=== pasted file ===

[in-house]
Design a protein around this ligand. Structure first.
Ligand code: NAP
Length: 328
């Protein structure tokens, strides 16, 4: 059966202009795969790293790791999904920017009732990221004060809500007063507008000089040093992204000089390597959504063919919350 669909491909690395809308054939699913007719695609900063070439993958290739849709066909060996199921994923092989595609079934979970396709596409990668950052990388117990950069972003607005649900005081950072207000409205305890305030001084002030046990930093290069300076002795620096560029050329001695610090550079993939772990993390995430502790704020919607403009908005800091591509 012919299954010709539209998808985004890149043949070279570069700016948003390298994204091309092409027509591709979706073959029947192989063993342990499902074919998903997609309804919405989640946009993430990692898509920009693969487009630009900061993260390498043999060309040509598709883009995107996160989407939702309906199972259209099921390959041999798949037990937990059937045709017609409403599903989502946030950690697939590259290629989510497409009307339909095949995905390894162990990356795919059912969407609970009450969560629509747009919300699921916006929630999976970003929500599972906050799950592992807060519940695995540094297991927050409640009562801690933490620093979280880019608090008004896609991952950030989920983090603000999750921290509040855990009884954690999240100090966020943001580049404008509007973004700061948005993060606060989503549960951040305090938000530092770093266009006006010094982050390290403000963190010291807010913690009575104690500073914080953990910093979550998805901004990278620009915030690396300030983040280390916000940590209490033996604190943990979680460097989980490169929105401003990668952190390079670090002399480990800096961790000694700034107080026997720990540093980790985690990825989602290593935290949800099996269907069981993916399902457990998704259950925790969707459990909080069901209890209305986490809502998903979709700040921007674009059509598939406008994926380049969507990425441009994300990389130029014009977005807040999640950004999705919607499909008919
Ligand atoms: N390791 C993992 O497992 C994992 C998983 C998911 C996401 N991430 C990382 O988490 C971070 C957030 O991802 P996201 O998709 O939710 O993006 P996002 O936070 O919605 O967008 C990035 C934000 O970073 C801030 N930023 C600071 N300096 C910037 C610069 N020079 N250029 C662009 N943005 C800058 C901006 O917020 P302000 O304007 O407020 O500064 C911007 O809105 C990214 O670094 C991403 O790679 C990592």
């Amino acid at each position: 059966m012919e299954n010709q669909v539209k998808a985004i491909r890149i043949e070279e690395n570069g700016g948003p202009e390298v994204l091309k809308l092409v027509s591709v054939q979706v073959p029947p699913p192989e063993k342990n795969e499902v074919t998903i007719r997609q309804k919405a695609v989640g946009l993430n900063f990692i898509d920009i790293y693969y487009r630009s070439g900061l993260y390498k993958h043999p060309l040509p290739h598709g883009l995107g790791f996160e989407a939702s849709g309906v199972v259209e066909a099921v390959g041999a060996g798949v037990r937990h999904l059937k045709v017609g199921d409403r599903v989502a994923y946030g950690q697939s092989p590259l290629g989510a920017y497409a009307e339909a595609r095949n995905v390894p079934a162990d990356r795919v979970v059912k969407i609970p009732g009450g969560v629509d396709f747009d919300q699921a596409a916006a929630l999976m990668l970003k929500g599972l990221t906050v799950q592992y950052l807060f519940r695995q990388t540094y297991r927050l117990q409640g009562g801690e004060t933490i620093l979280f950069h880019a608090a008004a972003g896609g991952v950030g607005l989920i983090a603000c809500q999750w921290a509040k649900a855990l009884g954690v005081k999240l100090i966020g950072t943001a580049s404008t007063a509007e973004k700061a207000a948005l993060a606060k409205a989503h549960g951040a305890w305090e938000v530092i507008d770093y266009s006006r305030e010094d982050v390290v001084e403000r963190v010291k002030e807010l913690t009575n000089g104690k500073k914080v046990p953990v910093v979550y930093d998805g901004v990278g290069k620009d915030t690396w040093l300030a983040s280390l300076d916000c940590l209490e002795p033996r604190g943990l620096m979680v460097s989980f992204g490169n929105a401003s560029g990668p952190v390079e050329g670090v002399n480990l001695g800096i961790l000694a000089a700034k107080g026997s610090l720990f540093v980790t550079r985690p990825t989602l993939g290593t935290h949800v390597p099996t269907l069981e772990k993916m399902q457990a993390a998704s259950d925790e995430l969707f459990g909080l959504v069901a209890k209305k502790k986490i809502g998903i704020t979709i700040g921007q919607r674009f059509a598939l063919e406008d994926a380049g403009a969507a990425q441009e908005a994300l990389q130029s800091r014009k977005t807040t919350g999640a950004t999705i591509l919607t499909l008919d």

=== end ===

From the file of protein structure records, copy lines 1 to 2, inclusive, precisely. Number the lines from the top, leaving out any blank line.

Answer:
[in-house]
Design a protein around this ligand. Structure first.